Joel, I write this not because I have any interest in OMM; I have none. It's written as a person who has gone down the road you are about to go down and just want to save you the time, money and aggravation that awaits. The real issue for us rack types is that the bicycle manufacturers have done a poor job in providing mounts built into the frame to accept the simple 5mm cap screws that hold down 99.99% of the racks out there on the market. And it's very important from a safety factor that the rack is secure on the bike; that it can hold the weight we put on it and the hardware that holds it all together can take the load! :)

Best Regards,
Mike
Mike,
I really appreciate your detailed information, you obviously are very thorough when you approach a project. I agree completely that a axle mounted rack is the way to go. I chose to take this route do to running out of time. I will review the link you attached.

Changing the subject a little, I see you have logged 5000 miles on your bike. Just curious if you had to replace the battery or any other failures with your bike?

Thanks,
Joel
 
#7
I second the Old Man Mountain racks for fat bikes. I use a rear one on my full-suspension Haibike AllMtn which uses plus-size tires, i.e. 27.5 wheels and 3-inch wide tires. Very few other racks have the clearance or mount as solidly. The thru-axle mount of the OMM racks makes them very sturdy and capable of carrying a lot of weight. My Ortleib bags are usually full of professional photo equipment plus a heavy tripod on top of the rack. I also carry a heavy duty U-lock and cable, a bike pump, and bike tools. Be sure to call Channing Hammond (805-692-9950) to discuss your needs. Some of the things I needed, which he deduced from our talk, were not in the website.
 
#8
Mike,
I really appreciate your detailed information, you obviously are very thorough when you approach a project. I agree completely that a axle mounted rack is the way to go. I chose to take this route do to running out of time. I will review the link you attached.

Changing the subject a little, I see you have logged 5000 miles on your bike. Just curious if you had to replace the battery or any other failures with your bike?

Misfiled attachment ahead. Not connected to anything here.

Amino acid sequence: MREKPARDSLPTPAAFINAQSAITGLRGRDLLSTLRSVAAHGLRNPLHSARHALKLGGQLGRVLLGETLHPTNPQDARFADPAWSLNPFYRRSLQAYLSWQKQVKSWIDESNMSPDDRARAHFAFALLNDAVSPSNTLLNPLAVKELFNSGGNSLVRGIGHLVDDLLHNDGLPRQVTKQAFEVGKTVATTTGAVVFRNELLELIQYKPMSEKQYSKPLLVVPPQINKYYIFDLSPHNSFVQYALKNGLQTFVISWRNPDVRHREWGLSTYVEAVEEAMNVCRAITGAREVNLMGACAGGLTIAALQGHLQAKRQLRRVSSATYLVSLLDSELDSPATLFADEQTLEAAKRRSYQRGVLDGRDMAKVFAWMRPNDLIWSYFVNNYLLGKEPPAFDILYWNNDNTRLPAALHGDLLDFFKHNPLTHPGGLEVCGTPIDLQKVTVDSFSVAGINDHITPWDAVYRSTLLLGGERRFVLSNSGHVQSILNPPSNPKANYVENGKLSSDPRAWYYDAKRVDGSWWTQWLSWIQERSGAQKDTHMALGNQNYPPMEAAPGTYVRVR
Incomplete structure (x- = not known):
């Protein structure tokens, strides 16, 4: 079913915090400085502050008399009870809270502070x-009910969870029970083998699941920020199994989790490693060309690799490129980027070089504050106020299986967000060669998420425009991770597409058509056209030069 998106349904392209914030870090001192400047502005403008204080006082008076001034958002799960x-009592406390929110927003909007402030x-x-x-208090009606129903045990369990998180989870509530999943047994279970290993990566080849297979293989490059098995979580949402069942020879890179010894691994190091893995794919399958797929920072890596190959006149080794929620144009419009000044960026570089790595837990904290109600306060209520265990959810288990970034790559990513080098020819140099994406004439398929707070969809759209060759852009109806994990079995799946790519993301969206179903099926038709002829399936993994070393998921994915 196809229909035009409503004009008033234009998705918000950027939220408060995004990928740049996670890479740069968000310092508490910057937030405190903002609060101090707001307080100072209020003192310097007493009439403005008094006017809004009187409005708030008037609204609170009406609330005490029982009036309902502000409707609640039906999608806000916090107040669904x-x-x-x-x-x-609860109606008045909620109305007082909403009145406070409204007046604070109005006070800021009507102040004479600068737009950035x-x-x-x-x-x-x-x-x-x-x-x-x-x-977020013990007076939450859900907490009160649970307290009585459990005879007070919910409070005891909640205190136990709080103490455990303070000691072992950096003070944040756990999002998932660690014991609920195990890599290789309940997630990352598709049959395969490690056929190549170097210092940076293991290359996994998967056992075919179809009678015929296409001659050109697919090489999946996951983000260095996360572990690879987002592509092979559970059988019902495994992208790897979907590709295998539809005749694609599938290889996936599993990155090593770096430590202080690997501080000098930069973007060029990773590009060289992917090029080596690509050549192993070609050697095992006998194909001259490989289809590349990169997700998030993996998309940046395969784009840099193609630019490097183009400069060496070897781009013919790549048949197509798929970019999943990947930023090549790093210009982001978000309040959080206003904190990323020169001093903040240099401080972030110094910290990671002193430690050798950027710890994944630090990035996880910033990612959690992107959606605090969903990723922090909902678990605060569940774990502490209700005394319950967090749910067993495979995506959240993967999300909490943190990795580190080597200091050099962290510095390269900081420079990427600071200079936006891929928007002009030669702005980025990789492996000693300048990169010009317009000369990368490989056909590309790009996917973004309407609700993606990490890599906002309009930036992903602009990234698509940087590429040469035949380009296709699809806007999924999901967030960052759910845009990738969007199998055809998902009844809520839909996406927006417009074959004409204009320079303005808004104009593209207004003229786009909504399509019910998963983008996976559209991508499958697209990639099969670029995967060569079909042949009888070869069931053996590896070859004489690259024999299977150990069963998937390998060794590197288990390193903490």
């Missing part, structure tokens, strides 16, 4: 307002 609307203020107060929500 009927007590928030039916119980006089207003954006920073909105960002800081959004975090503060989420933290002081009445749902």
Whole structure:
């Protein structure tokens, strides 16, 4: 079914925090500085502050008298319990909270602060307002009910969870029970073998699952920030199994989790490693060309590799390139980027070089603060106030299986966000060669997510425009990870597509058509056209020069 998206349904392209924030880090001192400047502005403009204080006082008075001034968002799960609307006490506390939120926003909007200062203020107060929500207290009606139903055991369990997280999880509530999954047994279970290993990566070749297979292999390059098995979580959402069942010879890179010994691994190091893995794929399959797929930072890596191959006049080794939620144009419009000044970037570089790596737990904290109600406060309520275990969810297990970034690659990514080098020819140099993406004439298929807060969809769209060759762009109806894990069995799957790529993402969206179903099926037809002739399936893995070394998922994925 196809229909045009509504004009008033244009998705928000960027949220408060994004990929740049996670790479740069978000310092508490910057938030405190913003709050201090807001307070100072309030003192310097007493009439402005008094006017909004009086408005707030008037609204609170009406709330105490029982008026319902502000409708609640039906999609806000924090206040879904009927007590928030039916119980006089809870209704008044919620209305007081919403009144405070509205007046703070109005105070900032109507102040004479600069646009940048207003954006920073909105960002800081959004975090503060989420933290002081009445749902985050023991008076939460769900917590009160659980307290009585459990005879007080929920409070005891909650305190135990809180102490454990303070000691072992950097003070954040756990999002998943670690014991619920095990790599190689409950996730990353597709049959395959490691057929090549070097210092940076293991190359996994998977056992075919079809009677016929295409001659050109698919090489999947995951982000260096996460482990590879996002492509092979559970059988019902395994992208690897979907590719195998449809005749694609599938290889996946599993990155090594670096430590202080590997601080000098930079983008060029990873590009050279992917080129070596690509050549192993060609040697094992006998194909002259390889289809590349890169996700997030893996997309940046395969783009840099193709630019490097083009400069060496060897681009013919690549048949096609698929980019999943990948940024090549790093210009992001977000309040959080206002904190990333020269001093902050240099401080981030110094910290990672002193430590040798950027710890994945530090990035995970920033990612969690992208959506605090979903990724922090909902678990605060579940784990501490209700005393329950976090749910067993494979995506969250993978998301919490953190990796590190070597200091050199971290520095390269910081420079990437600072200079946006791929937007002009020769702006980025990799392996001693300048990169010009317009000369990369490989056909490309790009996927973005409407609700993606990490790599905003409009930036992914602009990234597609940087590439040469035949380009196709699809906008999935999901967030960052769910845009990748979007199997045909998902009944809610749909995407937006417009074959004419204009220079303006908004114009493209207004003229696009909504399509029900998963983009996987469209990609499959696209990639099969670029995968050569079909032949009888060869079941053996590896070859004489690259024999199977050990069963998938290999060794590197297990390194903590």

Thanks,
Joel
Hi Joel,
Appreciate the kind words very much. :) Every bike I've owned since the 1980's have had either a rear rack or a combination of front and rear racks in order to carry pannier type bags. I don't get why a company like Haibike completely dismisses the idea of rack mounts for their mountain bikes. It sure seems they figure if folks want bags, they'll have to go the bikepacking bag configurations that are out there on the market. I'm not a fan of those bags; too much weight on the rear saddle post and it becomes a tail wagging the dog kind of thing. Bikepacking to me represents bare boned minimalist camping potential. I like room for my stuff.

I just turned 5700 miles yesterday with a 20 mile ride on HIGH power on the sugar sand roads of the NJ Pine Barrens! This Full FatSix has the Yamaha PW drive system and 400wh battery. Aside from flat tires (I have recently converted over to a tubeless set up using Orange Seal so the verdict is still out on that), I've had absolutely no failures or glitches or hiccups of the drive system or the battery. None.

After every ride, I wipe it down, inspect it, take the battery off and put it on charge so it's ready for the next ride. I use Dupont ChainSaver teflon dry lubricant on the chain and I apply a drop to each link before each ride and give the chain a wipe of any excess lube. I could stand to check for chain stretch; so a chain guage is on the need to get list.

I think the key to the miles is first off, having a well made bike built to last; a bullet proof drive system and battery and replacing components with the best your budget allows. I don't "catch air" with this bike nor do I ford rivers and streams. It's not put away "wet". Shock pressures are checked most every ride as well as tire pressures. Here's some pics from yesterday's ride....

Post up some pics of your bike & ride areas when you get the chance!
 

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Fat6

New Member
#9
Hi Mike,
Great, I'm very excited to get my bike out this coming weekend and see how many miles I can get out of the battery, most my riding will be on old logging roads so I expect to running in standard or high power.

Thanks,
Joel
 

myke15

New Member
#10